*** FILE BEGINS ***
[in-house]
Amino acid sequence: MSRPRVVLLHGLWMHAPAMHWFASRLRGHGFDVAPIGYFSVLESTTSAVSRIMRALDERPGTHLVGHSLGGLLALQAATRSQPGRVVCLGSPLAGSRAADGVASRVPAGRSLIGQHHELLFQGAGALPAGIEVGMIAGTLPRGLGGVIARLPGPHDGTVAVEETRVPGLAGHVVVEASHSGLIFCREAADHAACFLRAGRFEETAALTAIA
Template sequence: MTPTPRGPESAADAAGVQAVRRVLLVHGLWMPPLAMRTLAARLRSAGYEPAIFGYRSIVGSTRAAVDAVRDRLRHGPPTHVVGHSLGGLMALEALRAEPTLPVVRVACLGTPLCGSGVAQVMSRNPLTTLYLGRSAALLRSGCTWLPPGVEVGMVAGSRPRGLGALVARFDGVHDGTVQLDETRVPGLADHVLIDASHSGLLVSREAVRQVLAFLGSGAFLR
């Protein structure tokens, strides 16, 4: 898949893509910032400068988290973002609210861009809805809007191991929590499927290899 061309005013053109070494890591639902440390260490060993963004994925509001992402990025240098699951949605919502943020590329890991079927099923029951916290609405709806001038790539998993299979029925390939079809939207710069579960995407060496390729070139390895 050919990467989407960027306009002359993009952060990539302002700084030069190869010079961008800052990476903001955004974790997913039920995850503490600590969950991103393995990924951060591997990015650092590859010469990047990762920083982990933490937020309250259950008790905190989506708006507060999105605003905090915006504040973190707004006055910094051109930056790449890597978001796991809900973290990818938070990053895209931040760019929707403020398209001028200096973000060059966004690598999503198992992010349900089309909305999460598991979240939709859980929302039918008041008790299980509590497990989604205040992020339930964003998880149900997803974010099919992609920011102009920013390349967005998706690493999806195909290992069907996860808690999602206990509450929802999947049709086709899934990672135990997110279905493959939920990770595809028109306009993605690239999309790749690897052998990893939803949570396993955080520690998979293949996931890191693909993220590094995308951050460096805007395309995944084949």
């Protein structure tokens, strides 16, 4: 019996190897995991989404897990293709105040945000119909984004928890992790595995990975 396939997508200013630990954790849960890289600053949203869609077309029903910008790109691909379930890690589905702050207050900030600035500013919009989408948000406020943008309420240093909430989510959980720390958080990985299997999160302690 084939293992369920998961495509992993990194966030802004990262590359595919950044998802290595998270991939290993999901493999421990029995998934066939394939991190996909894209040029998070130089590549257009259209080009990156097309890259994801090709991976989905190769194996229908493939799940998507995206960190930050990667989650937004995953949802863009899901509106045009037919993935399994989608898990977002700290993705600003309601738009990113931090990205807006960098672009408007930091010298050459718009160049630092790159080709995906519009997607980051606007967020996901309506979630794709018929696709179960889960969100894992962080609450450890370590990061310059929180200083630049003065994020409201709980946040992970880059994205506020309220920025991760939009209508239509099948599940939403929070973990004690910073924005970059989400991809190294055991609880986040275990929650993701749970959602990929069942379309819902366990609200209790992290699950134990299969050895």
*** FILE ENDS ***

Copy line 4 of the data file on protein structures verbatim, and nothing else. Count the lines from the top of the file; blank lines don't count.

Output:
């Protein structure tokens, strides 16, 4: 898949893509910032400068988290973002609210861009809805809007191991929590499927290899 061309005013053109070494890591639902440390260490060993963004994925509001992402990025240098699951949605919502943020590329890991079927099923029951916290609405709806001038790539998993299979029925390939079809939207710069579960995407060496390729070139390895 050919990467989407960027306009002359993009952060990539302002700084030069190869010079961008800052990476903001955004974790997913039920995850503490600590969950991103393995990924951060591997990015650092590859010469990047990762920083982990933490937020309250259950008790905190989506708006507060999105605003905090915006504040973190707004006055910094051109930056790449890597978001796991809900973290990818938070990053895209931040760019929707403020398209001028200096973000060059966004690598999503198992992010349900089309909305999460598991979240939709859980929302039918008041008790299980509590497990989604205040992020339930964003998880149900997803974010099919992609920011102009920013390349967005998706690493999806195909290992069907996860808690999602206990509450929802999947049709086709899934990672135990997110279905493959939920990770595809028109306009993605690239999309790749690897052998990893939803949570396993955080520690998979293949996931890191693909993220590094995308951050460096805007395309995944084949």